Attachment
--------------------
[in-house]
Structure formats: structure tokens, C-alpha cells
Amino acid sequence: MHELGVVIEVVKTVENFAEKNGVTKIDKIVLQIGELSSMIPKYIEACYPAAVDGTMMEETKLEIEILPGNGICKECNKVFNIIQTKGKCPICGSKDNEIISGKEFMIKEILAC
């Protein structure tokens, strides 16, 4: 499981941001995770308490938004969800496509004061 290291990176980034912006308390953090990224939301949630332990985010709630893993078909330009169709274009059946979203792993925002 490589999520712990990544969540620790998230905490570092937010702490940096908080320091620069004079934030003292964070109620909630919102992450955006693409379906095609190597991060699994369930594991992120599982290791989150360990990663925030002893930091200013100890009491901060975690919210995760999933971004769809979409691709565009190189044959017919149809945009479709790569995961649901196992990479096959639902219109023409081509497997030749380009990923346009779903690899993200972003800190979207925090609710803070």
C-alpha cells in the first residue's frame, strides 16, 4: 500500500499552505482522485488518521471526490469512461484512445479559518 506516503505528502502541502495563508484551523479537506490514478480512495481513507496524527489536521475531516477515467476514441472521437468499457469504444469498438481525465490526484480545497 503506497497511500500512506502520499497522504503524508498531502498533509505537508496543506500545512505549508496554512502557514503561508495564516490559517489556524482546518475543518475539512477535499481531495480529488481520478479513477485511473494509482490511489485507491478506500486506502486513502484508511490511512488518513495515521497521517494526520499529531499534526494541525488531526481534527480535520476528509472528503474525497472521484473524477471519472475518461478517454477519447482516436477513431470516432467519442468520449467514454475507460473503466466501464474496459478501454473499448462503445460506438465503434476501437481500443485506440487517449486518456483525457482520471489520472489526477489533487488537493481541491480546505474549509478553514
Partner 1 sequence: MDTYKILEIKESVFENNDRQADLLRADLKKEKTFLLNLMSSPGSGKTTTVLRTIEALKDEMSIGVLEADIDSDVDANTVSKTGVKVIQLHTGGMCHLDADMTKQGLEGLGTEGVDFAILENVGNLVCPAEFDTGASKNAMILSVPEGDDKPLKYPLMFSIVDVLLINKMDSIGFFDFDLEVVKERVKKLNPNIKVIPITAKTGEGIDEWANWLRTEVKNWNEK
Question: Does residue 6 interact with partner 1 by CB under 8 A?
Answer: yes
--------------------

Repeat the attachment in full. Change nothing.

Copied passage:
[in-house]
Structure formats: structure tokens, C-alpha cells
Amino acid sequence: MHELGVVIEVVKTVENFAEKNGVTKIDKIVLQIGELSSMIPKYIEACYPAAVDGTMMEETKLEIEILPGNGICKECNKVFNIIQTKGKCPICGSKDNEIISGKEFMIKEILAC
């Protein structure tokens, strides 16, 4: 499981941001995770308490938004969800496509004061 290291990176980034912006308390953090990224939301949630332990985010709630893993078909330009169709274009059946979203792993925002 490589999520712990990544969540620790998230905490570092937010702490940096908080320091620069004079934030003292964070109620909630919102992450955006693409379906095609190597991060699994369930594991992120599982290791989150360990990663925030002893930091200013100890009491901060975690919210995760999933971004769809979409691709565009190189044959017919149809945009479709790569995961649901196992990479096959639902219109023409081509497997030749380009990923346009779903690899993200972003800190979207925090609710803070």
C-alpha cells in the first residue's frame, strides 16, 4: 500500500499552505482522485488518521471526490469512461484512445479559518 506516503505528502502541502495563508484551523479537506490514478480512495481513507496524527489536521475531516477515467476514441472521437468499457469504444469498438481525465490526484480545497 503506497497511500500512506502520499497522504503524508498531502498533509505537508496543506500545512505549508496554512502557514503561508495564516490559517489556524482546518475543518475539512477535499481531495480529488481520478479513477485511473494509482490511489485507491478506500486506502486513502484508511490511512488518513495515521497521517494526520499529531499534526494541525488531526481534527480535520476528509472528503474525497472521484473524477471519472475518461478517454477519447482516436477513431470516432467519442468520449467514454475507460473503466466501464474496459478501454473499448462503445460506438465503434476501437481500443485506440487517449486518456483525457482520471489520472489526477489533487488537493481541491480546505474549509478553514
Partner 1 sequence: MDTYKILEIKESVFENNDRQADLLRADLKKEKTFLLNLMSSPGSGKTTTVLRTIEALKDEMSIGVLEADIDSDVDANTVSKTGVKVIQLHTGGMCHLDADMTKQGLEGLGTEGVDFAILENVGNLVCPAEFDTGASKNAMILSVPEGDDKPLKYPLMFSIVDVLLINKMDSIGFFDFDLEVVKERVKKLNPNIKVIPITAKTGEGIDEWANWLRTEVKNWNEK
Question: Does residue 6 interact with partner 1 by CB under 8 A?
Answer: yes